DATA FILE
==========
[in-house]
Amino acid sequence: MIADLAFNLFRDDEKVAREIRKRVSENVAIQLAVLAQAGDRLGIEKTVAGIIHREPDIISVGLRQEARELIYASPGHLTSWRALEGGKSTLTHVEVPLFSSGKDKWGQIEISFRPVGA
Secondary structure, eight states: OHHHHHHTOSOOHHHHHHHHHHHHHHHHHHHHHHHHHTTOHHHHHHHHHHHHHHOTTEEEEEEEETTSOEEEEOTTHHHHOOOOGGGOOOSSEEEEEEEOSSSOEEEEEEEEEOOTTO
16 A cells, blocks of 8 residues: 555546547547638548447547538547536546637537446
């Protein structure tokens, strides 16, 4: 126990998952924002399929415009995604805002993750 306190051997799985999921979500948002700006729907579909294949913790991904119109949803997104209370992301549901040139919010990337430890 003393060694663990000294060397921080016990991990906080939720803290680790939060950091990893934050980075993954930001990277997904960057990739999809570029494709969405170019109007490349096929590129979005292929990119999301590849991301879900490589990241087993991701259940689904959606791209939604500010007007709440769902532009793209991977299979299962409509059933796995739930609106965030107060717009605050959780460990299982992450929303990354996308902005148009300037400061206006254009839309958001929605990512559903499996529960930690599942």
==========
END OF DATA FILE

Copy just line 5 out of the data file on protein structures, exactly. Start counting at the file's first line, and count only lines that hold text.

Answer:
């Protein structure tokens, strides 16, 4: 126990998952924002399929415009995604805002993750 306190051997799985999921979500948002700006729907579909294949913790991904119109949803997104209370992301549901040139919010990337430890 003393060694663990000294060397921080016990991990906080939720803290680790939060950091990893934050980075993954930001990277997904960057990739999809570029494709969405170019109007490349096929590129979005292929990119999301590849991301879900490589990241087993991701259940689904959606791209939604500010007007709440769902532009793209991977299979299962409509059933796995739930609106965030107060717009605050959780460990299982992450929303990354996308902005148009300037400061206006254009839309958001929605990512559903499996529960930690599942």